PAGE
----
By 2018, the EPA announced the completion of a 3,000-site cleanup effort. The effort included businesses, yards and parks throughout the area.
In 2021, it finished restoration efforts covering all roads and highways in and between Libby and nearby Troy.
Another Montana site includes the Karst mine in southern Montana. Here, small amounts of anthophyllite asbestos were extracted in 1923 and 1928. Further extraction occurred between 1933 and 1935. Asbestos from this mine was used to make wall and ceiling insulation, roofing compound and insulation at oil refineries.
The Rocky Mountains are home to several small asbestos deposits. Five areas were mined for asbestos. One site, the Kamiah anthophyllite deposit in Idaho, operated from 1909 to 1925. Asbestos from this mine was used to make pipe insulation, boiler covers, wall plaster and paint. It was also used as a binding agent in cement and asphalt.
Washington is home to dozens of asbestos deposits. A deposit of chrysotile in Sumas Mountain, located in Whatcom County, drains into the Sumas River. USGS tests from 2011 to 2013 revealed that chrysotile asbestos makes up 0.27% to 37% of the river’s sediment. The asbestos is so concentrated that the river runs white.
California has many naturally occurring sources of asbestos because serpentine rock, from which chrysotile originates, is common in the state.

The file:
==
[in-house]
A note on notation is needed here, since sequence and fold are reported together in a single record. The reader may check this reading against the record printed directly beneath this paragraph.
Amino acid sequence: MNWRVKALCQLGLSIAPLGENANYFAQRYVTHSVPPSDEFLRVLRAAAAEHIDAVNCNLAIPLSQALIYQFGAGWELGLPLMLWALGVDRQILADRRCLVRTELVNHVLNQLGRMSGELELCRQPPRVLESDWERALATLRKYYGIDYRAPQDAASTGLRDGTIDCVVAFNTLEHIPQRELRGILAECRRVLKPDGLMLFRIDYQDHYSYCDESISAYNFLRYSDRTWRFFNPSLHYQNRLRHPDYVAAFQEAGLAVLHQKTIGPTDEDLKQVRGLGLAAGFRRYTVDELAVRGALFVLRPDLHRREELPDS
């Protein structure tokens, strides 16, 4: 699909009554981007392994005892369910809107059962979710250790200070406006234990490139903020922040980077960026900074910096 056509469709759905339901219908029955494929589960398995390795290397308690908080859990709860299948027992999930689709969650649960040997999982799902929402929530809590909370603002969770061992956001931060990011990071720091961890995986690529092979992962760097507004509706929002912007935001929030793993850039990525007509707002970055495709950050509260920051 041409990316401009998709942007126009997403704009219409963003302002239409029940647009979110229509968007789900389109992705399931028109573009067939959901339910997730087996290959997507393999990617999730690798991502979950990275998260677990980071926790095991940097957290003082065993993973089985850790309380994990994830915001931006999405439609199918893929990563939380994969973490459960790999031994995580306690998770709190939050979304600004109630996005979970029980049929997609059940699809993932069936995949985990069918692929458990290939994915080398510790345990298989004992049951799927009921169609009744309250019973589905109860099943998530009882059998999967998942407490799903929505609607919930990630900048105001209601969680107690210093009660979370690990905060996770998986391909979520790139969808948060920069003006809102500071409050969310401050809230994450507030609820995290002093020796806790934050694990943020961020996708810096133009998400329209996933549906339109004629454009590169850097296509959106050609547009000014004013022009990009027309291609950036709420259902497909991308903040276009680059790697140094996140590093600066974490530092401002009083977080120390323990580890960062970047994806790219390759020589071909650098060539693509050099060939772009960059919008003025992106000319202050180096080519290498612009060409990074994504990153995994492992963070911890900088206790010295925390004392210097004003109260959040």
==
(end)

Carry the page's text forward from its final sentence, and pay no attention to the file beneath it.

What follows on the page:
Experts are watching El Dorado County in Northern California, a community built on a large asbestos deposit. Air samples from the EPA in 2004 raised concerns about exposure from stirred-up dirt in county parks.
Another site for concern in California is the Clear Creek Management Area. This site sits on one of the world’s largest naturally occurring asbestos deposits. This 31,000-acre serpentine deposit is frequently visited by thousands of off-road motorcyclists, hikers and campers each year.
The Clear Creek Management Area was once home to the Atlas Asbestos Mine. The mine is now a designated Superfund site by the EPA.
According to the USGS, the central part of the U.S. has fewer asbestos deposits than other regions. Although 26 natural asbestos occurrences are documented, only five sites in Missouri, Arkansas and Oklahoma were evaluated for mining or commercial production.